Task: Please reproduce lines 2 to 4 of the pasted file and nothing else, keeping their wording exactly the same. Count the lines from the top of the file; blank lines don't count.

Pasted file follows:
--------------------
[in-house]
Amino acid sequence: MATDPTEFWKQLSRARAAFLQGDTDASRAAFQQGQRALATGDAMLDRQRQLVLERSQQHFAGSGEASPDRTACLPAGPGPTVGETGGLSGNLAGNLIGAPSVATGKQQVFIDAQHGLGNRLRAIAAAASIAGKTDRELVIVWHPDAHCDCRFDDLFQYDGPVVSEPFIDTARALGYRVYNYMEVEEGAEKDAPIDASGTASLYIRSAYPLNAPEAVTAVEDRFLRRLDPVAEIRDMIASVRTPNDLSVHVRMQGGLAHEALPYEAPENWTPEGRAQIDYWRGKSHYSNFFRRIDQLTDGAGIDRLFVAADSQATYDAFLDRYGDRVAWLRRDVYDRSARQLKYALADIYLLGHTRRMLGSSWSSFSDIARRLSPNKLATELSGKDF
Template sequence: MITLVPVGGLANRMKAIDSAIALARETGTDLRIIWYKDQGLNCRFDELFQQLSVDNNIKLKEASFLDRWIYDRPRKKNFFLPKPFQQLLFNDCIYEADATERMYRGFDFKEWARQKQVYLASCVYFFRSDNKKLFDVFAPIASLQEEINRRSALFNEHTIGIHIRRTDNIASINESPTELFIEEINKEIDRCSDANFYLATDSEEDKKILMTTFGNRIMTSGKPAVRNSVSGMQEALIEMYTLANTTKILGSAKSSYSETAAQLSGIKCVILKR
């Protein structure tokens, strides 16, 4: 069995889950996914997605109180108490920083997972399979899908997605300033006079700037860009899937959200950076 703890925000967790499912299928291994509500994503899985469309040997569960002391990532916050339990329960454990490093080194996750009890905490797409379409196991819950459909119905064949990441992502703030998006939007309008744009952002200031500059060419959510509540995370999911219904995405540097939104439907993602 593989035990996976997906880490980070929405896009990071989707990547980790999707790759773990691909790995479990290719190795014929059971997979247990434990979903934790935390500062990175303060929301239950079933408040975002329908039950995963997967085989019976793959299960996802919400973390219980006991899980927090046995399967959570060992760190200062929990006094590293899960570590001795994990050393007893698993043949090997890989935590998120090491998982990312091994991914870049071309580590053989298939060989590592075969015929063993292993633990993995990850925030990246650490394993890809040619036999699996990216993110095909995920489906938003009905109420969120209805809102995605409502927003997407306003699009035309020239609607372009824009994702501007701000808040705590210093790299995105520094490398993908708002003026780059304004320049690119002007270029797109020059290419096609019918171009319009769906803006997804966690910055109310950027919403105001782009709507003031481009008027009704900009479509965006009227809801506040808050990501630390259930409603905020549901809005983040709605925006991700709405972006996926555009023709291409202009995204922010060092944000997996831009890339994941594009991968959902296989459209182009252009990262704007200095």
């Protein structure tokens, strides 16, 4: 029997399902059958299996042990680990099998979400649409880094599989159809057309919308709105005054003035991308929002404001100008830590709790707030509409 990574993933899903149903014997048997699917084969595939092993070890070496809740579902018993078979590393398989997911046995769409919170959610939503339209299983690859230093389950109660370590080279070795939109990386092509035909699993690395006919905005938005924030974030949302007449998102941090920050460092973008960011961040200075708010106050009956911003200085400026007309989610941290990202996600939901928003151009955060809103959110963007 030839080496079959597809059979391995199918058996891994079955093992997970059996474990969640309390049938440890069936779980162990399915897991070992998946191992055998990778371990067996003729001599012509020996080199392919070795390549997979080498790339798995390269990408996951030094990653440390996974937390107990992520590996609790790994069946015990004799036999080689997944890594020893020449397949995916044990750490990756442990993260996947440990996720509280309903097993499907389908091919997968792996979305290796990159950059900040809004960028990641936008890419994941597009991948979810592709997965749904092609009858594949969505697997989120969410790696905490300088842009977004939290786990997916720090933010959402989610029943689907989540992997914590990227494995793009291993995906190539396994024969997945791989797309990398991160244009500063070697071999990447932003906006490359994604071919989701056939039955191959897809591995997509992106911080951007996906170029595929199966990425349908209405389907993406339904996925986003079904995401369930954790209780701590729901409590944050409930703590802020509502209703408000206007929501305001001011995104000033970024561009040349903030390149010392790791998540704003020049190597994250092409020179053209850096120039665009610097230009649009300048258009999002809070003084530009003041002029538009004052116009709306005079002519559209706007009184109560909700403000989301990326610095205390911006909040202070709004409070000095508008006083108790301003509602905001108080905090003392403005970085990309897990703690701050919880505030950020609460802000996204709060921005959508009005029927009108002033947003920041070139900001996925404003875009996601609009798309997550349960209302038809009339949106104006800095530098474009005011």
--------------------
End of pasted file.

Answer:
Amino acid sequence: MATDPTEFWKQLSRARAAFLQGDTDASRAAFQQGQRALATGDAMLDRQRQLVLERSQQHFAGSGEASPDRTACLPAGPGPTVGETGGLSGNLAGNLIGAPSVATGKQQVFIDAQHGLGNRLRAIAAAASIAGKTDRELVIVWHPDAHCDCRFDDLFQYDGPVVSEPFIDTARALGYRVYNYMEVEEGAEKDAPIDASGTASLYIRSAYPLNAPEAVTAVEDRFLRRLDPVAEIRDMIASVRTPNDLSVHVRMQGGLAHEALPYEAPENWTPEGRAQIDYWRGKSHYSNFFRRIDQLTDGAGIDRLFVAADSQATYDAFLDRYGDRVAWLRRDVYDRSARQLKYALADIYLLGHTRRMLGSSWSSFSDIARRLSPNKLATELSGKDF
Template sequence: MITLVPVGGLANRMKAIDSAIALARETGTDLRIIWYKDQGLNCRFDELFQQLSVDNNIKLKEASFLDRWIYDRPRKKNFFLPKPFQQLLFNDCIYEADATERMYRGFDFKEWARQKQVYLASCVYFFRSDNKKLFDVFAPIASLQEEINRRSALFNEHTIGIHIRRTDNIASINESPTELFIEEINKEIDRCSDANFYLATDSEEDKKILMTTFGNRIMTSGKPAVRNSVSGMQEALIEMYTLANTTKILGSAKSSYSETAAQLSGIKCVILKR
């Protein structure tokens, strides 16, 4: 069995889950996914997605109180108490920083997972399979899908997605300033006079700037860009899937959200950076 703890925000967790499912299928291994509500994503899985469309040997569960002391990532916050339990329960454990490093080194996750009890905490797409379409196991819950459909119905064949990441992502703030998006939007309008744009952002200031500059060419959510509540995370999911219904995405540097939104439907993602 593989035990996976997906880490980070929405896009990071989707990547980790999707790759773990691909790995479990290719190795014929059971997979247990434990979903934790935390500062990175303060929301239950079933408040975002329908039950995963997967085989019976793959299960996802919400973390219980006991899980927090046995399967959570060992760190200062929990006094590293899960570590001795994990050393007893698993043949090997890989935590998120090491998982990312091994991914870049071309580590053989298939060989590592075969015929063993292993633990993995990850925030990246650490394993890809040619036999699996990216993110095909995920489906938003009905109420969120209805809102995605409502927003997407306003699009035309020239609607372009824009994702501007701000808040705590210093790299995105520094490398993908708002003026780059304004320049690119002007270029797109020059290419096609019918171009319009769906803006997804966690910055109310950027919403105001782009709507003031481009008027009704900009479509965006009227809801506040808050990501630390259930409603905020549901809005983040709605925006991700709405972006996926555009023709291409202009995204922010060092944000997996831009890339994941594009991968959902296989459209182009252009990262704007200095």